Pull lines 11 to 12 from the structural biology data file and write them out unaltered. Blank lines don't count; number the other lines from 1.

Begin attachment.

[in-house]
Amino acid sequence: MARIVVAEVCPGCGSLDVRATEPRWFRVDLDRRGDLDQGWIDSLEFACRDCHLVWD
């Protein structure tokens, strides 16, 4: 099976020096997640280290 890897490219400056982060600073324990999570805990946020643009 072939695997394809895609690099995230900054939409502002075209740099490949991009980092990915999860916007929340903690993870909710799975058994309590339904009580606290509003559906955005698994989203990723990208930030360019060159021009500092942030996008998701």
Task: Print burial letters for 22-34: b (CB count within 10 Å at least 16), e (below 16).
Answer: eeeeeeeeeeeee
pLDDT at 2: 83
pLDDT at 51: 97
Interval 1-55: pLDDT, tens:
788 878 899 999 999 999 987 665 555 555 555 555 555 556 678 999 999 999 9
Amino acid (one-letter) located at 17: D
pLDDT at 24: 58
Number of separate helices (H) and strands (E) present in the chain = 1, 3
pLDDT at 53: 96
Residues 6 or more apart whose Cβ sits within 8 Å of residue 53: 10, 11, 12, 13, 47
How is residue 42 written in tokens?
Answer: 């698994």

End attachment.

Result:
pLDDT at 24: 58
Number of separate helices (H) and strands (E) present in the chain = 1, 3